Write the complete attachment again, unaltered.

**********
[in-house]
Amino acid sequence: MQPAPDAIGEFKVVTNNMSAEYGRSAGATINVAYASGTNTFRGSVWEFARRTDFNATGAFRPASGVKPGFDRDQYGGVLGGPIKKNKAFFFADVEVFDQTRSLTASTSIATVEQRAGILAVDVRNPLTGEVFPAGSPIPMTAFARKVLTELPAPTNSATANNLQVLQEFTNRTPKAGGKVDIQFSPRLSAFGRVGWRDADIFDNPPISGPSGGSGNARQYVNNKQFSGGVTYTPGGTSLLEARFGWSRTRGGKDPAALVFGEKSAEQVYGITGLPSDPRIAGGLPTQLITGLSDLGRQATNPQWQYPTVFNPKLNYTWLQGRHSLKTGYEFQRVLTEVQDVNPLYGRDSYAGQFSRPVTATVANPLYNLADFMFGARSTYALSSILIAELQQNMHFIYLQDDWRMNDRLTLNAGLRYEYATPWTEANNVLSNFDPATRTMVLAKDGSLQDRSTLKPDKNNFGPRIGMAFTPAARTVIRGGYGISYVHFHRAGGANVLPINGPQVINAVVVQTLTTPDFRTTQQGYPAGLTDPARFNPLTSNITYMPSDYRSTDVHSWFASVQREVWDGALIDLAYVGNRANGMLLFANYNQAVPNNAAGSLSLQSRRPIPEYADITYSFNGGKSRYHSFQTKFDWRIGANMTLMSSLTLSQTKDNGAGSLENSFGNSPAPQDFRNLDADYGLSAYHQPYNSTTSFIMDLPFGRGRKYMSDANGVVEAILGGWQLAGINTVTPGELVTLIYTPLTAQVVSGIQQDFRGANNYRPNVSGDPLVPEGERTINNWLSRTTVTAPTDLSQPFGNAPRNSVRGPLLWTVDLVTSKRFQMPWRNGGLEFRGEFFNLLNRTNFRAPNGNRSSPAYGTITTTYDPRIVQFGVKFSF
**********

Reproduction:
[in-house]
Amino acid sequence: MQPAPDAIGEFKVVTNNMSAEYGRSAGATINVAYASGTNTFRGSVWEFARRTDFNATGAFRPASGVKPGFDRDQYGGVLGGPIKKNKAFFFADVEVFDQTRSLTASTSIATVEQRAGILAVDVRNPLTGEVFPAGSPIPMTAFARKVLTELPAPTNSATANNLQVLQEFTNRTPKAGGKVDIQFSPRLSAFGRVGWRDADIFDNPPISGPSGGSGNARQYVNNKQFSGGVTYTPGGTSLLEARFGWSRTRGGKDPAALVFGEKSAEQVYGITGLPSDPRIAGGLPTQLITGLSDLGRQATNPQWQYPTVFNPKLNYTWLQGRHSLKTGYEFQRVLTEVQDVNPLYGRDSYAGQFSRPVTATVANPLYNLADFMFGARSTYALSSILIAELQQNMHFIYLQDDWRMNDRLTLNAGLRYEYATPWTEANNVLSNFDPATRTMVLAKDGSLQDRSTLKPDKNNFGPRIGMAFTPAARTVIRGGYGISYVHFHRAGGANVLPINGPQVINAVVVQTLTTPDFRTTQQGYPAGLTDPARFNPLTSNITYMPSDYRSTDVHSWFASVQREVWDGALIDLAYVGNRANGMLLFANYNQAVPNNAAGSLSLQSRRPIPEYADITYSFNGGKSRYHSFQTKFDWRIGANMTLMSSLTLSQTKDNGAGSLENSFGNSPAPQDFRNLDADYGLSAYHQPYNSTTSFIMDLPFGRGRKYMSDANGVVEAILGGWQLAGINTVTPGELVTLIYTPLTAQVVSGIQQDFRGANNYRPNVSGDPLVPEGERTINNWLSRTTVTAPTDLSQPFGNAPRNSVRGPLLWTVDLVTSKRFQMPWRNGGLEFRGEFFNLLNRTNFRAPNGNRSSPAYGTITTTYDPRIVQFGVKFSF